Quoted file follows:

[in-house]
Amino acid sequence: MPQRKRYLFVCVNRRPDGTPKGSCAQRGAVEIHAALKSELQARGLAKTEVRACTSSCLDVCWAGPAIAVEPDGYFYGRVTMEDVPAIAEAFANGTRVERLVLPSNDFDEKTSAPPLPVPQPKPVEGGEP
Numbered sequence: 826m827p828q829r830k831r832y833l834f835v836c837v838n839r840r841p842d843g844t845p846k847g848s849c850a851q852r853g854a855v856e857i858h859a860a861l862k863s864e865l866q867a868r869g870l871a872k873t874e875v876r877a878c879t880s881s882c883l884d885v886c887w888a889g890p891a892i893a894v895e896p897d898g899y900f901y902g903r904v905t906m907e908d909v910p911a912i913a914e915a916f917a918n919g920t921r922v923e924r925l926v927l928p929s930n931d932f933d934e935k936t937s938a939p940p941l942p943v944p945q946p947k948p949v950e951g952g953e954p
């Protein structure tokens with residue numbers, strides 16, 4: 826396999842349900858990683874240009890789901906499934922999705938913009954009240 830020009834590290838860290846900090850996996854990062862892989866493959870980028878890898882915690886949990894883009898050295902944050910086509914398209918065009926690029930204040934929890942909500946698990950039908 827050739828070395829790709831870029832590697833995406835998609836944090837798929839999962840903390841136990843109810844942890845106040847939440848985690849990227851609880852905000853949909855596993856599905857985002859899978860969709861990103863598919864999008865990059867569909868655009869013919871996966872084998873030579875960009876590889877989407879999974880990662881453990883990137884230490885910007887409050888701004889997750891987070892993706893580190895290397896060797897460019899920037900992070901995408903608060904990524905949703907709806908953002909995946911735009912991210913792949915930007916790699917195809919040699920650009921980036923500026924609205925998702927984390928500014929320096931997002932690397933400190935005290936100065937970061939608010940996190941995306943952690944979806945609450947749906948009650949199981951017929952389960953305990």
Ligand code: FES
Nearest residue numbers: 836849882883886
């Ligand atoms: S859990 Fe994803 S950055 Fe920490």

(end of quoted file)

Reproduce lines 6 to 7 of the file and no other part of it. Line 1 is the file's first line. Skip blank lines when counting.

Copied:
Nearest residue numbers: 836849882883886
């Ligand atoms: S859990 Fe994803 S950055 Fe920490």